8.149.  CL: Yeah, and my own


8.150.  EM: So youíd seen, the experiences of that side of the field, as it were, years before, so that in a way wasnít any news to you, it was only, is that right, that youíd seen


8.151.  CL: But until you see something, literally done to a line, a spray mark down a field and you can walk in, a matter of five yards, from one thing to another, umm, one side to another, err, you donít err appreciate it, umm, it was, as, as, as black and white


8.152.  EM: So was there ever a time, when you saw the oil seed rape, like maybe in your earlier days farming, the conven, the so called conventional oil seed rape growing with, birds and bees, as it were


8.153.  CL: Well, you donít think of it in that way, I mean, until, youíre, youíre, youíre faced with, with, umm, an alternative, umm, and, you, your eyes arenít, arenít open to something until a scientist as such, points it out, and, itís only when, umm, you are faced with something, like a, a medical problem, the doctor says, well look at this, had you thought if you ate so and so, or did so and so, that effect would be, you donít think about it, you just carry on, in your own sweet way, err, I mean weíre all like children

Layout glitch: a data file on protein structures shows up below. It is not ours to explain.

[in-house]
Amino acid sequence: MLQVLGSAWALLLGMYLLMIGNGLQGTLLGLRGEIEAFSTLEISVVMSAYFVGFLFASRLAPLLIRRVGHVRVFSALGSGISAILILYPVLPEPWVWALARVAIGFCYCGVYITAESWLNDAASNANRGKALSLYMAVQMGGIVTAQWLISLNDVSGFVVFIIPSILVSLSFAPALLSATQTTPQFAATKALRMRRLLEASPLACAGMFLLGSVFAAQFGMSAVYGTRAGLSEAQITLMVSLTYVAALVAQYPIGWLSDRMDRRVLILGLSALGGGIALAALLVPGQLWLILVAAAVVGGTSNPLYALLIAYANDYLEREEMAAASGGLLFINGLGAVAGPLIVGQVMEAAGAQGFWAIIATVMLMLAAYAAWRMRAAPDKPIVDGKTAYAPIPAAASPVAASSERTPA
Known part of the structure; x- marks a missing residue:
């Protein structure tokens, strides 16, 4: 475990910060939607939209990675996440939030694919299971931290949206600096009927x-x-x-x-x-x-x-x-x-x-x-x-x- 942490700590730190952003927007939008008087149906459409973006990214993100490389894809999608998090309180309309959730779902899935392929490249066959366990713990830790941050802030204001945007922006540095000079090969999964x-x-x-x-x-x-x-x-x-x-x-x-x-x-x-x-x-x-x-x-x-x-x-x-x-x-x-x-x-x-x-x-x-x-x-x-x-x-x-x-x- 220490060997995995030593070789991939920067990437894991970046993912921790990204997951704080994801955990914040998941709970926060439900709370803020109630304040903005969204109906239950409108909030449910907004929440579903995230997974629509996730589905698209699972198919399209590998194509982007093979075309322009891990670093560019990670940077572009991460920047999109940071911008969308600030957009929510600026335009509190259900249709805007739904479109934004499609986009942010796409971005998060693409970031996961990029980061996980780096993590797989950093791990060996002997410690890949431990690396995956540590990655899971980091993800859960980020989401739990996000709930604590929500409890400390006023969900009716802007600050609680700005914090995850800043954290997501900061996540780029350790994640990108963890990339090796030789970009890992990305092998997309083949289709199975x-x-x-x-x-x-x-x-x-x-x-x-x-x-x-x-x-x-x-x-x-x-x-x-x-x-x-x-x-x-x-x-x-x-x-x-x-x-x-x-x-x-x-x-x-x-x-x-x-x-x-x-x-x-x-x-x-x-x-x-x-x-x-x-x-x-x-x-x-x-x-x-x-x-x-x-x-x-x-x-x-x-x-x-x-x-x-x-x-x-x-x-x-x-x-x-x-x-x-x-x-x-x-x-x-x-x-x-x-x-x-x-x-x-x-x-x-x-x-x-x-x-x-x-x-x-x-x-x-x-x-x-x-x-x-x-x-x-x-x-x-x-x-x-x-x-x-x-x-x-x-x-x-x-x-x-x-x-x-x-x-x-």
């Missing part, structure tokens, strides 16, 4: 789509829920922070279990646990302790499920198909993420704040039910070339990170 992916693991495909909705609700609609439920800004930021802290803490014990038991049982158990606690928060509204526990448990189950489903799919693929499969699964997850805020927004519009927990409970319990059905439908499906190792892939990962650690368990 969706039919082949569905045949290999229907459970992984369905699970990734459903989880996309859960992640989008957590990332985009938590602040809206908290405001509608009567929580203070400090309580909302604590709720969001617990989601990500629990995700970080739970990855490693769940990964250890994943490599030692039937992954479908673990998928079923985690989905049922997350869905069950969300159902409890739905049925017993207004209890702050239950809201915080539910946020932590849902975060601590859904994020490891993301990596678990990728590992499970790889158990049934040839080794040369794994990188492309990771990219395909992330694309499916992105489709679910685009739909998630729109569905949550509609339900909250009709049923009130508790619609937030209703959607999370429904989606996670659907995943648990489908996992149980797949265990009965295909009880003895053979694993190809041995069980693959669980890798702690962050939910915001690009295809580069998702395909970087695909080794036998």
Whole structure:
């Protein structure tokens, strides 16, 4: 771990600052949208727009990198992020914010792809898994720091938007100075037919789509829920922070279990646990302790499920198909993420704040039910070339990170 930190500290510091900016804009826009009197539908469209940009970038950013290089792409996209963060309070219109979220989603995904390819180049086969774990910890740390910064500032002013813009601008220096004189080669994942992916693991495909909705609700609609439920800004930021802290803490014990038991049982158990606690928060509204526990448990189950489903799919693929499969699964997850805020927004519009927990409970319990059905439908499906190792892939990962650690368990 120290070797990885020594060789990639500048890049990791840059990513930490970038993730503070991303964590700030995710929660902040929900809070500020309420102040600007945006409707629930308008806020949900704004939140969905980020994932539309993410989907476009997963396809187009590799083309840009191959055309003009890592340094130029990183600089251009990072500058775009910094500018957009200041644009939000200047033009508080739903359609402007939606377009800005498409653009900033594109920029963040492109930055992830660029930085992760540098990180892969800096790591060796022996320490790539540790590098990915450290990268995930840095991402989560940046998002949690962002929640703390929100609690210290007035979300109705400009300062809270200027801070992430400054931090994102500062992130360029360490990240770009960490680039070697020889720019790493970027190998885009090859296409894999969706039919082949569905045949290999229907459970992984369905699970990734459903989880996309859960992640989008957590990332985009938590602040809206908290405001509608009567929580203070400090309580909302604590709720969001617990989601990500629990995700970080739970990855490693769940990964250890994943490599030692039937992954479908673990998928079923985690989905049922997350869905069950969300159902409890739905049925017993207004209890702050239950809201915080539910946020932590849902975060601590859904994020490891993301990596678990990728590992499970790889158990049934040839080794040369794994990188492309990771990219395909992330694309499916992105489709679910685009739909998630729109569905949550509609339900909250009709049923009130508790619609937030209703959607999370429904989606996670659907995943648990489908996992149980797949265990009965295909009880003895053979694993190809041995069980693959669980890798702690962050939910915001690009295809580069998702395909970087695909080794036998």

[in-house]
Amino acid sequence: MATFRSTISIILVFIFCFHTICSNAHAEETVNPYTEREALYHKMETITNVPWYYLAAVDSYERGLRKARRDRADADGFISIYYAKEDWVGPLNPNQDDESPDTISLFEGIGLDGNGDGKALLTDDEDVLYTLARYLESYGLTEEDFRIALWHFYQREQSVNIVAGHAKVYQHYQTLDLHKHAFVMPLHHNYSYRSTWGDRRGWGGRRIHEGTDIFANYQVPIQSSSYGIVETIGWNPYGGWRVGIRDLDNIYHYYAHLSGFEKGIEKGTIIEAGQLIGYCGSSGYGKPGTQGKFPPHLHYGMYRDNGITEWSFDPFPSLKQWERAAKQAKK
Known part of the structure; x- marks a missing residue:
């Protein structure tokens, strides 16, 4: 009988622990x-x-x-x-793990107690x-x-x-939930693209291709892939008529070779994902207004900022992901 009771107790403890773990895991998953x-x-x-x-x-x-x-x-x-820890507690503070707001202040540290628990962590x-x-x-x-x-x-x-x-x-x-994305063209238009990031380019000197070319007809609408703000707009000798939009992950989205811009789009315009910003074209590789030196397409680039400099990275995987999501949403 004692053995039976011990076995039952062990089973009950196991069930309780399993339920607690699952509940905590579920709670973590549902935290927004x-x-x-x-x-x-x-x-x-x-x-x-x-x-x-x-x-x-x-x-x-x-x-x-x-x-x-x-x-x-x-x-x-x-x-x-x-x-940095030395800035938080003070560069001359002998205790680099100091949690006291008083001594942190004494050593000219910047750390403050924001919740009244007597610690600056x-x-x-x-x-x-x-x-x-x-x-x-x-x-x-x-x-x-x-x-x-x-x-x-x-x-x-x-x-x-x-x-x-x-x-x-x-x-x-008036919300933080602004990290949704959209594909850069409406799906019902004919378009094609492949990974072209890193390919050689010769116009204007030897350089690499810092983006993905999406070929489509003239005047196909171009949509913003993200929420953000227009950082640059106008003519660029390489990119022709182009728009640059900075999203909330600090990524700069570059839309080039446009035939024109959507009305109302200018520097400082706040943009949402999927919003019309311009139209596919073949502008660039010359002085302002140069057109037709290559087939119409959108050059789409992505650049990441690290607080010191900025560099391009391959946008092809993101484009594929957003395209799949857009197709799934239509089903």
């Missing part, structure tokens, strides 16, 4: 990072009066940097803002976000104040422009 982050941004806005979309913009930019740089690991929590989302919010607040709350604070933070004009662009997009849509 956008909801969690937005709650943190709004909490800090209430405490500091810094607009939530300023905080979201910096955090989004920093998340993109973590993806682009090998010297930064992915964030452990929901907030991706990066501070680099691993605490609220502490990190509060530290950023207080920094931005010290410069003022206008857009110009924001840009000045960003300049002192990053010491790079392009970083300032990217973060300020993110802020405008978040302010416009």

8.154.  EM: And when you declared that you were going to start the GM trial what was the reaction of the farmers, the local farmers in your area, how did they respond to this


8.155.  CL: Fortunately the sites we choose in year one were sufficiently far away, umm, from other farmers, i.e. we were, could do it all on our own land, with, with enormous distances, away from others, and we picked these sites, or I submitted these sites, umm, because I was aware that there might be, umm, umm a controversy, umm, we had complaints from neighbours on the maize front, that, umm, that somebody was growing organic miles four miles away and they said that this would remove umm, their organic status, and that their umm, umm, that, that they could have seeds or pollen could be wafted over this distance and it could etcetera, well the maize breeders that Iíve visited in various parts of the world say that it, itís, umm, very difficult to get maize to pollinate over ten yards, it seems rather strange that they should be worrying about pollination over three and four miles, umm, but we had a set of guidelines, which were very carefully laid out by the Government independent body, and we were well within those parameters, therefore, I felt my conscious was clear, and I think that to give them their due, the opposition, and I put them as opposition that they have conceded that of course it made no difference to either their sales or their organic status, or their, umm, umm, whatever, but talk to the Soil Association and talk to err, the people that we mentioned earlier, umm, they would say that, that, that I flouted all the rules of, of, of umm, of nature and have umm, good neighbourliness and goodness knows what else